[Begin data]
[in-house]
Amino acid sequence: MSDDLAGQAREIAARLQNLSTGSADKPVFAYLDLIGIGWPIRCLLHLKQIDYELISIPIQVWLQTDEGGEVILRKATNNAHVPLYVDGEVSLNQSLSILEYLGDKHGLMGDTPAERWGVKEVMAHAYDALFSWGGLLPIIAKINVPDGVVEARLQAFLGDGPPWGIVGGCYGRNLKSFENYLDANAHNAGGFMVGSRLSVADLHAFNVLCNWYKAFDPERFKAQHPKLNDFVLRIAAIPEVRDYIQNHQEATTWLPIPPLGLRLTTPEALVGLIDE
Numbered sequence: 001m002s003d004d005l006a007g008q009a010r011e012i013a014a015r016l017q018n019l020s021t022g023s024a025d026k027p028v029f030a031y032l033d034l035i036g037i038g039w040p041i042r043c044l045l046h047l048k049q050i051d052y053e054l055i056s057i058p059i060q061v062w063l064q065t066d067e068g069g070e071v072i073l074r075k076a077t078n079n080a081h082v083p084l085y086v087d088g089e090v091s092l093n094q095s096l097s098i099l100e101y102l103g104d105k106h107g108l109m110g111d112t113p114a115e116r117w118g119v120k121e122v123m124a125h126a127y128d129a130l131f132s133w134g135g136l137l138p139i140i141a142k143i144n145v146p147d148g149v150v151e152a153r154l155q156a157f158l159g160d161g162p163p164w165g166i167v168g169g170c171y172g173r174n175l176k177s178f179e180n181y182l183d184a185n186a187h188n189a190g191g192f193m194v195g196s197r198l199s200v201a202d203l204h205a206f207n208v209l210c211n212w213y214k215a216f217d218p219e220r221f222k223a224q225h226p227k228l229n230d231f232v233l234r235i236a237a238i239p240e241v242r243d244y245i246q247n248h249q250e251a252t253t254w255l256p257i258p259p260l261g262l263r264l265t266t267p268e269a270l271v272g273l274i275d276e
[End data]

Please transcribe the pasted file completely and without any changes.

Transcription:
[in-house]
Amino acid sequence: MSDDLAGQAREIAARLQNLSTGSADKPVFAYLDLIGIGWPIRCLLHLKQIDYELISIPIQVWLQTDEGGEVILRKATNNAHVPLYVDGEVSLNQSLSILEYLGDKHGLMGDTPAERWGVKEVMAHAYDALFSWGGLLPIIAKINVPDGVVEARLQAFLGDGPPWGIVGGCYGRNLKSFENYLDANAHNAGGFMVGSRLSVADLHAFNVLCNWYKAFDPERFKAQHPKLNDFVLRIAAIPEVRDYIQNHQEATTWLPIPPLGLRLTTPEALVGLIDE
Numbered sequence: 001m002s003d004d005l006a007g008q009a010r011e012i013a014a015r016l017q018n019l020s021t022g023s024a025d026k027p028v029f030a031y032l033d034l035i036g037i038g039w040p041i042r043c044l045l046h047l048k049q050i051d052y053e054l055i056s057i058p059i060q061v062w063l064q065t066d067e068g069g070e071v072i073l074r075k076a077t078n079n080a081h082v083p084l085y086v087d088g089e090v091s092l093n094q095s096l097s098i099l100e101y102l103g104d105k106h107g108l109m110g111d112t113p114a115e116r117w118g119v120k121e122v123m124a125h126a127y128d129a130l131f132s133w134g135g136l137l138p139i140i141a142k143i144n145v146p147d148g149v150v151e152a153r154l155q156a157f158l159g160d161g162p163p164w165g166i167v168g169g170c171y172g173r174n175l176k177s178f179e180n181y182l183d184a185n186a187h188n189a190g191g192f193m194v195g196s197r198l199s200v201a202d203l204h205a206f207n208v209l210c211n212w213y214k215a216f217d218p219e220r221f222k223a224q225h226p227k228l229n230d231f232v233l234r235i236a237a238i239p240e241v242r243d244y245i246q247n248h249q250e251a252t253t254w255l256p257i258p259p260l261g262l263r264l265t266t267p268e269a270l271v272g273l274i275d276e